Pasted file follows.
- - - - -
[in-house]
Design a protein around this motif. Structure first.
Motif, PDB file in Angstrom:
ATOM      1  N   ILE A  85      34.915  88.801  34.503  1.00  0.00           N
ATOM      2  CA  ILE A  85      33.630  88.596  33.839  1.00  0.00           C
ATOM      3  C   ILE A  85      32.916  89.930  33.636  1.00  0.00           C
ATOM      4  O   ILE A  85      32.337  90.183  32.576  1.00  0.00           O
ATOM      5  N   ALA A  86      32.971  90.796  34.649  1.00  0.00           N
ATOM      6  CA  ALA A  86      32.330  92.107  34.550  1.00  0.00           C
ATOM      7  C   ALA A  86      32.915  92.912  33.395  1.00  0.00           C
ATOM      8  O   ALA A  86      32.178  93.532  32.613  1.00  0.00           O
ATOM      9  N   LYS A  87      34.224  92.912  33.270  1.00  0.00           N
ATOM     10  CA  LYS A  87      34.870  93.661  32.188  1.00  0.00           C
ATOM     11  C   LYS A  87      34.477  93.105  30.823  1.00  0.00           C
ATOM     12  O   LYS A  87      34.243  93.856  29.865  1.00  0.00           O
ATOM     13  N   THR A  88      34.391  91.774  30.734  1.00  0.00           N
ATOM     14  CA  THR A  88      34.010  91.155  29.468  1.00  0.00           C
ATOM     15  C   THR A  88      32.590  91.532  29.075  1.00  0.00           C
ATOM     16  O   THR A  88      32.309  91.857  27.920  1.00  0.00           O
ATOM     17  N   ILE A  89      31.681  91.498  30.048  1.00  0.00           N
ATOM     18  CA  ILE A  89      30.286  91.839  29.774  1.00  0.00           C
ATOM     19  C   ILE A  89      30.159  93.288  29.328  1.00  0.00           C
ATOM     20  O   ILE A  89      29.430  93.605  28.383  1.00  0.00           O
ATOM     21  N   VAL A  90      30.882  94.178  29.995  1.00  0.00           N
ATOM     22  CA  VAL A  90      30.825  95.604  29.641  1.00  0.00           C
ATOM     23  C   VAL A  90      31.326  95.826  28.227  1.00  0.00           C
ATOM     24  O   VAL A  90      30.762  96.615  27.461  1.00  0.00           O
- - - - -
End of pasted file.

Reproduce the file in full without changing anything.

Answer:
[in-house]
Design a protein around this motif. Structure first.
Motif, PDB file in Angstrom:
ATOM      1  N   ILE A  85      34.915  88.801  34.503  1.00  0.00           N
ATOM      2  CA  ILE A  85      33.630  88.596  33.839  1.00  0.00           C
ATOM      3  C   ILE A  85      32.916  89.930  33.636  1.00  0.00           C
ATOM      4  O   ILE A  85      32.337  90.183  32.576  1.00  0.00           O
ATOM      5  N   ALA A  86      32.971  90.796  34.649  1.00  0.00           N
ATOM      6  CA  ALA A  86      32.330  92.107  34.550  1.00  0.00           C
ATOM      7  C   ALA A  86      32.915  92.912  33.395  1.00  0.00           C
ATOM      8  O   ALA A  86      32.178  93.532  32.613  1.00  0.00           O
ATOM      9  N   LYS A  87      34.224  92.912  33.270  1.00  0.00           N
ATOM     10  CA  LYS A  87      34.870  93.661  32.188  1.00  0.00           C
ATOM     11  C   LYS A  87      34.477  93.105  30.823  1.00  0.00           C
ATOM     12  O   LYS A  87      34.243  93.856  29.865  1.00  0.00           O
ATOM     13  N   THR A  88      34.391  91.774  30.734  1.00  0.00           N
ATOM     14  CA  THR A  88      34.010  91.155  29.468  1.00  0.00           C
ATOM     15  C   THR A  88      32.590  91.532  29.075  1.00  0.00           C
ATOM     16  O   THR A  88      32.309  91.857  27.920  1.00  0.00           O
ATOM     17  N   ILE A  89      31.681  91.498  30.048  1.00  0.00           N
ATOM     18  CA  ILE A  89      30.286  91.839  29.774  1.00  0.00           C
ATOM     19  C   ILE A  89      30.159  93.288  29.328  1.00  0.00           C
ATOM     20  O   ILE A  89      29.430  93.605  28.383  1.00  0.00           O
ATOM     21  N   VAL A  90      30.882  94.178  29.995  1.00  0.00           N
ATOM     22  CA  VAL A  90      30.825  95.604  29.641  1.00  0.00           C
ATOM     23  C   VAL A  90      31.326  95.826  28.227  1.00  0.00           C
ATOM     24  O   VAL A  90      30.762  96.615  27.461  1.00  0.00           O